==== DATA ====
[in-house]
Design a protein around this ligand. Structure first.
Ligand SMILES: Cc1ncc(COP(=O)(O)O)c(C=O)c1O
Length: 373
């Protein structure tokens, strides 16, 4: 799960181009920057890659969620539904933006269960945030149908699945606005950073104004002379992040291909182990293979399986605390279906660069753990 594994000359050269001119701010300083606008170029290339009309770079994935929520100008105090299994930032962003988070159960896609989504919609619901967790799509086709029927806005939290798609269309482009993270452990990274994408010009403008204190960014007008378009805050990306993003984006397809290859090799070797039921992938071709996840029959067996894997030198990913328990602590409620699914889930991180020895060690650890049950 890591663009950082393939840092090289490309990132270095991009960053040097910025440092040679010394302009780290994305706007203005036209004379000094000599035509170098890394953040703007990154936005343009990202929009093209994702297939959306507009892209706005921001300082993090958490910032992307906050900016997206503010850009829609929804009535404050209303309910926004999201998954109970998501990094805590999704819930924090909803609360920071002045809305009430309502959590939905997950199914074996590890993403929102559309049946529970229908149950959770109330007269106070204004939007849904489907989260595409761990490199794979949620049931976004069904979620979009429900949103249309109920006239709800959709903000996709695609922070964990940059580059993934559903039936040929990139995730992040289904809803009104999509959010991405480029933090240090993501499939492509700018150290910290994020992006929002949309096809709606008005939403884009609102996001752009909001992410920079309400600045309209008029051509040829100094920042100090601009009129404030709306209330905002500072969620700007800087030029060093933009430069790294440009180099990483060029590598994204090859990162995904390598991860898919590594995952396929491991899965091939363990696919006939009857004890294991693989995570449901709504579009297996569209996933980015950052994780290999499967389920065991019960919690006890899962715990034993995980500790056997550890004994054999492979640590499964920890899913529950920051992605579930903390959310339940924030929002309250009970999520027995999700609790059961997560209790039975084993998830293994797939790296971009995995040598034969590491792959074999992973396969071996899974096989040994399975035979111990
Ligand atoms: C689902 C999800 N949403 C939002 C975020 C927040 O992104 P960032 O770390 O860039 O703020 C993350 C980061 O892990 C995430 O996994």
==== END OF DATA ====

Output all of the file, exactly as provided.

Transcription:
[in-house]
Design a protein around this ligand. Structure first.
Ligand SMILES: Cc1ncc(COP(=O)(O)O)c(C=O)c1O
Length: 373
């Protein structure tokens, strides 16, 4: 799960181009920057890659969620539904933006269960945030149908699945606005950073104004002379992040291909182990293979399986605390279906660069753990 594994000359050269001119701010300083606008170029290339009309770079994935929520100008105090299994930032962003988070159960896609989504919609619901967790799509086709029927806005939290798609269309482009993270452990990274994408010009403008204190960014007008378009805050990306993003984006397809290859090799070797039921992938071709996840029959067996894997030198990913328990602590409620699914889930991180020895060690650890049950 890591663009950082393939840092090289490309990132270095991009960053040097910025440092040679010394302009780290994305706007203005036209004379000094000599035509170098890394953040703007990154936005343009990202929009093209994702297939959306507009892209706005921001300082993090958490910032992307906050900016997206503010850009829609929804009535404050209303309910926004999201998954109970998501990094805590999704819930924090909803609360920071002045809305009430309502959590939905997950199914074996590890993403929102559309049946529970229908149950959770109330007269106070204004939007849904489907989260595409761990490199794979949620049931976004069904979620979009429900949103249309109920006239709800959709903000996709695609922070964990940059580059993934559903039936040929990139995730992040289904809803009104999509959010991405480029933090240090993501499939492509700018150290910290994020992006929002949309096809709606008005939403884009609102996001752009909001992410920079309400600045309209008029051509040829100094920042100090601009009129404030709306209330905002500072969620700007800087030029060093933009430069790294440009180099990483060029590598994204090859990162995904390598991860898919590594995952396929491991899965091939363990696919006939009857004890294991693989995570449901709504579009297996569209996933980015950052994780290999499967389920065991019960919690006890899962715990034993995980500790056997550890004994054999492979640590499964920890899913529950920051992605579930903390959310339940924030929002309250009970999520027995999700609790059961997560209790039975084993998830293994797939790296971009995995040598034969590491792959074999992973396969071996899974096989040994399975035979111990
Ligand atoms: C689902 C999800 N949403 C939002 C975020 C927040 O992104 P960032 O770390 O860039 O703020 C993350 C980061 O892990 C995430 O996994």